It was a mammoth task which I developed from a sparse brief provided by the Foundation. There was also an abbreviated timeframe: just two days assigned for me to deliver a workshop then gather content in Kou Kou, Oro Province.

The outcome was to produce a children’s story on Kokoda, a task I completed well ahead of schedule despite the short time frame.

The Foundation was aware of and confident in my ability to do this as in May this year I had delivered a gender-equality themed book workshop to students of Sefoa Primary School, also in Oro Province.

And this project had come straight after the Foundation’s observation of the successful publication of My Walk to Equality.

So, at the end of all this, the children’s book was recently published. It was my work and I’m proud of all of it - from research through every developmental step, including the workshop, to providing the book with its title, ‘Butterflies along the Track’.

As a Papua New Guinean woman writer, this opportunity was one I valued and naturally I strove to maximise both my own experience and the elevation of the Papua New Guinean voice, particularly that of girls and women, it offered.

I tried as best I could to capture that authenticity as well as the narrative of the Kokoda Track Campaign in ‘Butterflies along the Track’.

Subsequently I was upset and offended when it was claimed the story was written by school students and that I was attributed the role of “co-author” and thanked for my “artistic guidance”. Offensive and also grossly inaccurate.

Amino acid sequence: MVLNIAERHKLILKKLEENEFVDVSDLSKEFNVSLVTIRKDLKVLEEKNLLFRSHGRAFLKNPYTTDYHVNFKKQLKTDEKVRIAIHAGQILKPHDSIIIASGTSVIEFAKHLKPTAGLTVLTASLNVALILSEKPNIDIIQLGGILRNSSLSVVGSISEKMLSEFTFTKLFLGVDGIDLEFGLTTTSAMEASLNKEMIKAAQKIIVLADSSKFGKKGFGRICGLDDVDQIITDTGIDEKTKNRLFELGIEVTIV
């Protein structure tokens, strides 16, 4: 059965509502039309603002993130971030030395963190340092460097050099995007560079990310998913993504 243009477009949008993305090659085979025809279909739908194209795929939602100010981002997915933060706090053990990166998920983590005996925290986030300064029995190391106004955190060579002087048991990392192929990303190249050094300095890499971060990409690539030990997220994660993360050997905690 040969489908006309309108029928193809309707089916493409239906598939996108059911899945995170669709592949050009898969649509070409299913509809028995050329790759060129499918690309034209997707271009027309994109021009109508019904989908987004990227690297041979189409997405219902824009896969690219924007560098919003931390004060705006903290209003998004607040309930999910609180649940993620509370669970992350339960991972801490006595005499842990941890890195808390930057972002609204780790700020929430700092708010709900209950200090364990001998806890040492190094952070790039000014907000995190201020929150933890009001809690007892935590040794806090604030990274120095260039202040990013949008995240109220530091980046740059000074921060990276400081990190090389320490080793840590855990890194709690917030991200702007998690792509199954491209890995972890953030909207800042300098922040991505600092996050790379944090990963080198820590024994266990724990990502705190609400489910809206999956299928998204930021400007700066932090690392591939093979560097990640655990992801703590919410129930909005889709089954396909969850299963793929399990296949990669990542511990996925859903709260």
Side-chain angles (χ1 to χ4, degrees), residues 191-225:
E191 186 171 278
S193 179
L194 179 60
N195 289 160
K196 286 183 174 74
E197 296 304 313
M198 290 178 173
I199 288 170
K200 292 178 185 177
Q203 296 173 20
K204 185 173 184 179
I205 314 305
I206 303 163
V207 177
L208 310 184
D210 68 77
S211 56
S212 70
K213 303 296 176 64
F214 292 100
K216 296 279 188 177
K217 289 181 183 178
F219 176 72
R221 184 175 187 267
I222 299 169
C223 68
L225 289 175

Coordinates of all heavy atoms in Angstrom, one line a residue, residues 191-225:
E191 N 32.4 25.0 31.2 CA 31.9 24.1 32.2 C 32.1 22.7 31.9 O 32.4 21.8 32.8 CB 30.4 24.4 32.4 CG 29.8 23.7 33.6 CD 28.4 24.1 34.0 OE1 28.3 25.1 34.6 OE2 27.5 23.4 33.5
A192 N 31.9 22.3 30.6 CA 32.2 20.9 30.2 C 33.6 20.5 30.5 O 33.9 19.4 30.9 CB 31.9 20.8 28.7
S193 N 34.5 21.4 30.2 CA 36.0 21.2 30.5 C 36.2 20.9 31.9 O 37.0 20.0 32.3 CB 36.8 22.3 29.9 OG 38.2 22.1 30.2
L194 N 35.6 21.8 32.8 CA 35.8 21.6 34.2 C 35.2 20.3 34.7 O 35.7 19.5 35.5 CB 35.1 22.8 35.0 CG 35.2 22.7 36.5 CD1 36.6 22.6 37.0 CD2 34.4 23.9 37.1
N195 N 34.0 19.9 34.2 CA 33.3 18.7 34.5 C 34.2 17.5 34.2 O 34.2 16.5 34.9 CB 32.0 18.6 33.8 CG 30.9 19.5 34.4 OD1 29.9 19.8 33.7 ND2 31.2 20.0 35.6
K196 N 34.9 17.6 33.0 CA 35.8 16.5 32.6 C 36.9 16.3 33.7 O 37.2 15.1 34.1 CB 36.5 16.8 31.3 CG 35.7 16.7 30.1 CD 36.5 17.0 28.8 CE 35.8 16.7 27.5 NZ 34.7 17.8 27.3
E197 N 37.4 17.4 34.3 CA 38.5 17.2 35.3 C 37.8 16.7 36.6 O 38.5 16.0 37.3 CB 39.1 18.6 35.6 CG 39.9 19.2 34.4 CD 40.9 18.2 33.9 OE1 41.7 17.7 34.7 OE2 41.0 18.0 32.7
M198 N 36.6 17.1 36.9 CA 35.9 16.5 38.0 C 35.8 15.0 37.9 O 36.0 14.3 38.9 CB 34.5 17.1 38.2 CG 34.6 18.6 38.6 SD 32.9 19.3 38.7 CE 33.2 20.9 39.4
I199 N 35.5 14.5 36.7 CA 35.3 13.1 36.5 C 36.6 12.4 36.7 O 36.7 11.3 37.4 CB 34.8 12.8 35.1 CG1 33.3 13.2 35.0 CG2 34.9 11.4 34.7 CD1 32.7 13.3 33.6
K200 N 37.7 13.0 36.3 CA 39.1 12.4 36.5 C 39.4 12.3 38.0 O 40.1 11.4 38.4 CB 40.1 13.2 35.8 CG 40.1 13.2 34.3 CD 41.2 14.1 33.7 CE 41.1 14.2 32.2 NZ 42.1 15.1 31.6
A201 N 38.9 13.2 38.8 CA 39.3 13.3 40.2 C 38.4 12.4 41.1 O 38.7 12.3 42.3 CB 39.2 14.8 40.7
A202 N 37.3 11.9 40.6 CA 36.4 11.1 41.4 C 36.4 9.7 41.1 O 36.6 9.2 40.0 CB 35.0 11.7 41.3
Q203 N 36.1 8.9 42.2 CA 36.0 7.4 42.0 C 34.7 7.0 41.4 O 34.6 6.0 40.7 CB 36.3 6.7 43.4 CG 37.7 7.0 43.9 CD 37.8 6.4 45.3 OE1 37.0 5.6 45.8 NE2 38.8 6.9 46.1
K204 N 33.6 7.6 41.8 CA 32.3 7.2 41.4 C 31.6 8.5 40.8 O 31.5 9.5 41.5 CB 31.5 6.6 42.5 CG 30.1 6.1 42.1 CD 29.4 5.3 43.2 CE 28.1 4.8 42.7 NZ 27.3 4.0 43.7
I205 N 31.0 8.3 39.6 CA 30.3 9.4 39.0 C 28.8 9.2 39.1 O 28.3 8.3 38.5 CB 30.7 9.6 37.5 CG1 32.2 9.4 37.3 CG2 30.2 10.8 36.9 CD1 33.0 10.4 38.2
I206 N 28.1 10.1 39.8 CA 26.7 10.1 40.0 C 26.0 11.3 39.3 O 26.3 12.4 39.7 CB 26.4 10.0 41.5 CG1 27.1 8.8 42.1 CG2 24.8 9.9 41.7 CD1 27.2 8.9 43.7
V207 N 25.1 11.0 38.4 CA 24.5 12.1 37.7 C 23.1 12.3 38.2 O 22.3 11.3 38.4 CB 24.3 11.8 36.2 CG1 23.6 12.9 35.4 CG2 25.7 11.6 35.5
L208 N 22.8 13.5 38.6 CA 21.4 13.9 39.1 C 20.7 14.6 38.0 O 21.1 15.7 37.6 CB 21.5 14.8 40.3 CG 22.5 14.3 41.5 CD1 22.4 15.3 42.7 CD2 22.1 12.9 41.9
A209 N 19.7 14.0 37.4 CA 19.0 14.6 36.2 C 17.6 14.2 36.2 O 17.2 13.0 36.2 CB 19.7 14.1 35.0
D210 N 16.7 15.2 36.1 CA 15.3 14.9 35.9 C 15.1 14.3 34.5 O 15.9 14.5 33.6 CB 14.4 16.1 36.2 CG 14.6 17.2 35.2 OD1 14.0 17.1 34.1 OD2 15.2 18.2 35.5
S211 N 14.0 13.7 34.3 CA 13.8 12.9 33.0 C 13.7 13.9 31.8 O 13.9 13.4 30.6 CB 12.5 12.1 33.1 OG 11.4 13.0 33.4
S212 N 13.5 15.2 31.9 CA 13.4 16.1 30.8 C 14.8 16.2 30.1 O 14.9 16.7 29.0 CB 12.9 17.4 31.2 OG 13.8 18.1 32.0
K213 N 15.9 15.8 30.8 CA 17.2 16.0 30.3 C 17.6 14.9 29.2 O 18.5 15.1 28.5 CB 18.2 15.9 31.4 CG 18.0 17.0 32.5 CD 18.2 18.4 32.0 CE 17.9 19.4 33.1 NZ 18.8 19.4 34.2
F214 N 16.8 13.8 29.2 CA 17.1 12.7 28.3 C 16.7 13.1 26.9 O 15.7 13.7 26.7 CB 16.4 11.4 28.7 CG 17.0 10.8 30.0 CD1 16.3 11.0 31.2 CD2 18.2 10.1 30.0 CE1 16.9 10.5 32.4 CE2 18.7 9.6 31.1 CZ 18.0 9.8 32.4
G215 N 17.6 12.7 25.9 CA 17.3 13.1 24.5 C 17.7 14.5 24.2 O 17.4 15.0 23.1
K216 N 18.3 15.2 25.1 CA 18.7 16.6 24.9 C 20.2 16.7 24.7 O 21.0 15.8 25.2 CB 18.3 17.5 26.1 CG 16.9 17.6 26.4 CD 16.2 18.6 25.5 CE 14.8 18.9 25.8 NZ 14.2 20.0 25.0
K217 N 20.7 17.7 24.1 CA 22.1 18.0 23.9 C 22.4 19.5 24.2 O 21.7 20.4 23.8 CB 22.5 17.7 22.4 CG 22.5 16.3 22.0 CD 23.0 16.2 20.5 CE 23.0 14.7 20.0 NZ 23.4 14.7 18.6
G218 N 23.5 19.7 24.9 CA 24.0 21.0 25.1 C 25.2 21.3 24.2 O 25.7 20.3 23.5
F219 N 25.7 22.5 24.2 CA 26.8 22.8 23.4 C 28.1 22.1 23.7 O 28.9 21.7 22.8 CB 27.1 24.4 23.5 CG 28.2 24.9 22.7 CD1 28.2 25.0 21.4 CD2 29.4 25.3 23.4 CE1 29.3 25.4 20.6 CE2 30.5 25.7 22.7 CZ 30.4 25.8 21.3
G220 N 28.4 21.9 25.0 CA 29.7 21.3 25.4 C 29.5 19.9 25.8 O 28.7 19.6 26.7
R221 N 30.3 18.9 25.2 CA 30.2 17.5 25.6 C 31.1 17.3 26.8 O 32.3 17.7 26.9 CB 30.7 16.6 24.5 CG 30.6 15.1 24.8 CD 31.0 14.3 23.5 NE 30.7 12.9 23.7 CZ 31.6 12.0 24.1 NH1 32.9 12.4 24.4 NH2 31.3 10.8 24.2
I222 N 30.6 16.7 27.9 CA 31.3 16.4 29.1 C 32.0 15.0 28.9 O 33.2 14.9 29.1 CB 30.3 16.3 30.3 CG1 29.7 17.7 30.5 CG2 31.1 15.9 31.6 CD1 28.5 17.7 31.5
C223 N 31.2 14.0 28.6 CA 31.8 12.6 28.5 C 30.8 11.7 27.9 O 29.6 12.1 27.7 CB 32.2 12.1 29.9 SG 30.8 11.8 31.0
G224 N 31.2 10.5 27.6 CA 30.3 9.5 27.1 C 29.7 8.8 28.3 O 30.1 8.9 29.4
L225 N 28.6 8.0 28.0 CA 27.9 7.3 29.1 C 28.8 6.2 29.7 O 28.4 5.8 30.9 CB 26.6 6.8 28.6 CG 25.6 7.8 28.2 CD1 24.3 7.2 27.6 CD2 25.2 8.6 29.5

There was my title on the book’s cover with no space afforded for my name. I felt exploited.

I also felt that the Kokoda Track Foundation had somehow misappropriated my intellectual property and talent to suit its agenda. It was such a far cry from the mateship between Australians and Papua New Guineans that the book sought to commemorate and celebrate.

Instead I felt that ‘Butterflies along the Track’ had become a by-product of the subtle flexing of white privilege publicly paraded as ‘development’ in PNG.


My experience begs several questions. Would the same outcome have transpired if an Australian writer had led the project? Would an Australian writer have done what I did on an unpaid voluntary-basis? Would an Australian writer accept not having their authorship recognised on the front cover, alongside the badge of the organisation that commissioned the work?